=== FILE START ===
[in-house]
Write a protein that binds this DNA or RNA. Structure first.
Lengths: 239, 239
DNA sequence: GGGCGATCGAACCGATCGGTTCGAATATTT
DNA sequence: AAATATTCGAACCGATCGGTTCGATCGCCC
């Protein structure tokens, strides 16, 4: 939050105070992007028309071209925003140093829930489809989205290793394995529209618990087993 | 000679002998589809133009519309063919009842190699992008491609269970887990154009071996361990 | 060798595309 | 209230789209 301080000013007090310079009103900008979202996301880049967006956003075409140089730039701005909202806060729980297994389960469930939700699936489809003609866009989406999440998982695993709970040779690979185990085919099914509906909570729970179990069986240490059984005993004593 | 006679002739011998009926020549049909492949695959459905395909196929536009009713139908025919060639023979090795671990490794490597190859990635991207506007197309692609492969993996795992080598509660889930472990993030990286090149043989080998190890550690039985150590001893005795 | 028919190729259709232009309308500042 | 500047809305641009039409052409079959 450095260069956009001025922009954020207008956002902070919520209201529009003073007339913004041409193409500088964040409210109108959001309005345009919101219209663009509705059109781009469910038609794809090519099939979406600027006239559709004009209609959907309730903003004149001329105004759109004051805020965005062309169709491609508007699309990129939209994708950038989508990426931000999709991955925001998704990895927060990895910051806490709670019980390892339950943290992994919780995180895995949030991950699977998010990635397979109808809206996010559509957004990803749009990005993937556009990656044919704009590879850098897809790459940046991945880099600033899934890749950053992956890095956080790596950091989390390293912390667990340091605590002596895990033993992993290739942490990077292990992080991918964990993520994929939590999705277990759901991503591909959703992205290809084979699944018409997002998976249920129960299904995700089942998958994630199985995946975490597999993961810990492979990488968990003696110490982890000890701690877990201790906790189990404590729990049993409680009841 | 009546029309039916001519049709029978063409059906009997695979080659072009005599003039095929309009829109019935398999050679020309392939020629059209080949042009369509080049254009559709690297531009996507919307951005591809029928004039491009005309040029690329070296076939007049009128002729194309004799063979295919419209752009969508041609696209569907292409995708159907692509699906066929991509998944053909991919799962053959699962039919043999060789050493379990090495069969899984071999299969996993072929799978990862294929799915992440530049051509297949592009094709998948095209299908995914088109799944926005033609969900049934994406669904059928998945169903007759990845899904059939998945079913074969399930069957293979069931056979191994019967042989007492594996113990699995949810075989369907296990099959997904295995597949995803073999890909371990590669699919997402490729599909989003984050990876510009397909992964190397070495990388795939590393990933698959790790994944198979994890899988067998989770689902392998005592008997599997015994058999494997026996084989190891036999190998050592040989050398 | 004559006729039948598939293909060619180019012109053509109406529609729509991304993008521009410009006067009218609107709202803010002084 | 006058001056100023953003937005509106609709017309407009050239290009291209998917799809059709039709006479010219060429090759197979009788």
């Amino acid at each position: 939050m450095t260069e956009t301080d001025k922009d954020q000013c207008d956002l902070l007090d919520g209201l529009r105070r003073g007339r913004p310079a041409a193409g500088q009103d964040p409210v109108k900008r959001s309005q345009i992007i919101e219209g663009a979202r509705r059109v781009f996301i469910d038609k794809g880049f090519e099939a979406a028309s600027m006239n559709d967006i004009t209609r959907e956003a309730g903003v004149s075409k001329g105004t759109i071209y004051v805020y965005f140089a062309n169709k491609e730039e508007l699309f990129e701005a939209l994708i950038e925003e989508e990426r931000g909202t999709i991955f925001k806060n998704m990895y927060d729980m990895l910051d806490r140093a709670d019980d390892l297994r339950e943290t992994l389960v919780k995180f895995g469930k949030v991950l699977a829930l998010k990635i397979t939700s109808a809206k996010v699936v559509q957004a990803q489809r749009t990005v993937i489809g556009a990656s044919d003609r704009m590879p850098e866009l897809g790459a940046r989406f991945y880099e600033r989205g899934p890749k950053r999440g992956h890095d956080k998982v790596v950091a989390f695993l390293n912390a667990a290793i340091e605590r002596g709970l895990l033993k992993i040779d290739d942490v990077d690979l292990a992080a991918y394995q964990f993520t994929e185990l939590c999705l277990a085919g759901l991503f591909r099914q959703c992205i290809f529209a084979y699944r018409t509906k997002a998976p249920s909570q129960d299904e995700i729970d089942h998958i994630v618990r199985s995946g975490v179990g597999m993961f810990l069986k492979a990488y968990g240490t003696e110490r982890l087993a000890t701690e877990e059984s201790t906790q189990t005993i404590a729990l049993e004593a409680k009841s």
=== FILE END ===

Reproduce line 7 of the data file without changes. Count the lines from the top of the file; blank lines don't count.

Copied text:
């Amino acid at each position: 939050m450095t260069e956009t301080d001025k922009d954020q000013c207008d956002l902070l007090d919520g209201l529009r105070r003073g007339r913004p310079a041409a193409g500088q009103d964040p409210v109108k900008r959001s309005q345009i992007i919101e219209g663009a979202r509705r059109v781009f996301i469910d038609k794809g880049f090519e099939a979406a028309s600027m006239n559709d967006i004009t209609r959907e956003a309730g903003v004149s075409k001329g105004t759109i071209y004051v805020y965005f140089a062309n169709k491609e730039e508007l699309f990129e701005a939209l994708i950038e925003e989508e990426r931000g909202t999709i991955f925001k806060n998704m990895y927060d729980m990895l910051d806490r140093a709670d019980d390892l297994r339950e943290t992994l389960v919780k995180f895995g469930k949030v991950l699977a829930l998010k990635i397979t939700s109808a809206k996010v699936v559509q957004a990803q489809r749009t990005v993937i489809g556009a990656s044919d003609r704009m590879p850098e866009l897809g790459a940046r989406f991945y880099e600033r989205g899934p890749k950053r999440g992956h890095d956080k998982v790596v950091a989390f695993l390293n912390a667990a290793i340091e605590r002596g709970l895990l033993k992993i040779d290739d942490v990077d690979l292990a992080a991918y394995q964990f993520t994929e185990l939590c999705l277990a085919g759901l991503f591909r099914q959703c992205i290809f529209a084979y699944r018409t509906k997002a998976p249920s909570q129960d299904e995700i729970d089942h998958i994630v618990r199985s995946g975490v179990g597999m993961f810990l069986k492979a990488y968990g240490t003696e110490r982890l087993a000890t701690e877990e059984s201790t906790q189990t005993i404590a729990l049993e004593a409680k009841s």